In moving Humboldt Elementary to a more data-driven model, one of the first challenges that former principal Cole Young faced was figuring out how to use the data, how to share it, and how to get everyone on the same page with the numbers. The school didn’t have a culture of data, and creating one was difficult. “I had never been a part of a data culture, and we didn’t have a system in place for it,” Young says. One of Humboldt’s early mistakes was what Young calls “death by data,” where teachers were given a mountain of numbers and often felt a sense of “now what?”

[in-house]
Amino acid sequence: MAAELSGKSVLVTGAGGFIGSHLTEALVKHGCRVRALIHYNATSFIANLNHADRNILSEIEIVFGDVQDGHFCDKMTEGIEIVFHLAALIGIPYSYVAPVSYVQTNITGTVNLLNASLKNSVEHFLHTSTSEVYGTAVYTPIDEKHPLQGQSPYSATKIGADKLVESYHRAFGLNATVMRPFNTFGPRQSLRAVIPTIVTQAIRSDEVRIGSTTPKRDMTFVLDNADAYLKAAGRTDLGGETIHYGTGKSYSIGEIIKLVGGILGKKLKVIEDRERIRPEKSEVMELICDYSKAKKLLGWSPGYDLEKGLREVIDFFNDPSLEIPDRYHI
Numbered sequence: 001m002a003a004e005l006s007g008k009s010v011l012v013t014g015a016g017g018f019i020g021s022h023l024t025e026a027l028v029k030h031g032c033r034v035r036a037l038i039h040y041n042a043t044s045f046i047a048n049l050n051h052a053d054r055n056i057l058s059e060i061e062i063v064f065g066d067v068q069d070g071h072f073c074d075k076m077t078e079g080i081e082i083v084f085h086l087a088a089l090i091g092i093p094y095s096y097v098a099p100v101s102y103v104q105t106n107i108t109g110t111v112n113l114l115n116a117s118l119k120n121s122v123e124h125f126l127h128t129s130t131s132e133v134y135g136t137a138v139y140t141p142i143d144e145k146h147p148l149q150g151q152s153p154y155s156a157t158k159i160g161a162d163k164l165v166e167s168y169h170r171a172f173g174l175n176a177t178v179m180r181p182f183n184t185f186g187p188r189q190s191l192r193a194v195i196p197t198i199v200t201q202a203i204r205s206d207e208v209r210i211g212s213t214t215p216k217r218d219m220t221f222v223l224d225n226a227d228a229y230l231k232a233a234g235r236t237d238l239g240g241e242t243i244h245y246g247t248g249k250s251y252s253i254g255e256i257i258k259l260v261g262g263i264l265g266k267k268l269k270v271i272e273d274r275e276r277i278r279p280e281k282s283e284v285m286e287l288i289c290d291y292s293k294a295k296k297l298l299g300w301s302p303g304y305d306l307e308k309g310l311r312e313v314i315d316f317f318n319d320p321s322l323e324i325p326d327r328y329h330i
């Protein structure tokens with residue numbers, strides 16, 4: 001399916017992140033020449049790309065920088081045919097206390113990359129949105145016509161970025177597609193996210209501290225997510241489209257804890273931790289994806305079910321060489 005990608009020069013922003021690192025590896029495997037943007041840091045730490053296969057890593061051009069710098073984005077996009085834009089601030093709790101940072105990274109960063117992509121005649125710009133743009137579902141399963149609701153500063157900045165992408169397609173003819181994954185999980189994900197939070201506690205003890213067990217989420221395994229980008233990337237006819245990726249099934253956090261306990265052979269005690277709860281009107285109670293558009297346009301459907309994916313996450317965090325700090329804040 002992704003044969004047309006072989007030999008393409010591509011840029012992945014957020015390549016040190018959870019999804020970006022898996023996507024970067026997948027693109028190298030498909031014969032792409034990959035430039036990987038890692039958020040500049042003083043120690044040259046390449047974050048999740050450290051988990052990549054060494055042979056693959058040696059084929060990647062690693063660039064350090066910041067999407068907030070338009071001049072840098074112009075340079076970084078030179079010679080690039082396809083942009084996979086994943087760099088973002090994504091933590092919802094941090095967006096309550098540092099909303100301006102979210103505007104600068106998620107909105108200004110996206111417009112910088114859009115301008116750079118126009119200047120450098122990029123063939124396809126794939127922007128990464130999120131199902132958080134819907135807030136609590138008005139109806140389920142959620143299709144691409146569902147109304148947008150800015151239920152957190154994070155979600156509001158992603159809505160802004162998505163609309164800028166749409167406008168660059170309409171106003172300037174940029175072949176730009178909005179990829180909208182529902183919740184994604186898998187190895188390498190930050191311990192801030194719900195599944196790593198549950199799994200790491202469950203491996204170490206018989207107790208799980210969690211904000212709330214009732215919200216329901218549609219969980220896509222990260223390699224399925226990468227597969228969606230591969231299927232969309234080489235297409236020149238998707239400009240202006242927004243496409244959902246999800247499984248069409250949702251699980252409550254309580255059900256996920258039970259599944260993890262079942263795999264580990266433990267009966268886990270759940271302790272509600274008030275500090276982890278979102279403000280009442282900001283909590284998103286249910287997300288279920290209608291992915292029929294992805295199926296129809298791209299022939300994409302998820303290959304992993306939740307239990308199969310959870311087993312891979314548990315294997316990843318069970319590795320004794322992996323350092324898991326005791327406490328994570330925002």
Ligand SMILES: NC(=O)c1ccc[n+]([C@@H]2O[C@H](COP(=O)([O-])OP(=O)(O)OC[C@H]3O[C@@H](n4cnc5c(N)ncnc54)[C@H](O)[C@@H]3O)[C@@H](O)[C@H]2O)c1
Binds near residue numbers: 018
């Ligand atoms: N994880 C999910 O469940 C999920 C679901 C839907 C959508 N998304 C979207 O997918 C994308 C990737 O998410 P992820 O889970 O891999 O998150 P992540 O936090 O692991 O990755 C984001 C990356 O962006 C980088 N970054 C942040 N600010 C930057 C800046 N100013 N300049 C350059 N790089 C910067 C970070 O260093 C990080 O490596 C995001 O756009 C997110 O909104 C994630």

Young began parsing through the data and looking for what would be the most useful for teachers, providing them with enough data to help them feel effective and targeted in their instruction without crossing the line into overwhelming. Once that data was shared, Humboldt staff met as a group to look at the numbers and talk about what to do with it, how it applied to research-based practices, and strategize collaboratively as a school.
Every teacher had a different comfort level with working this way, but once they looked at the data and were able to see the data points start to move for their students, the staff developed an overall sense of empowerment and buy-in.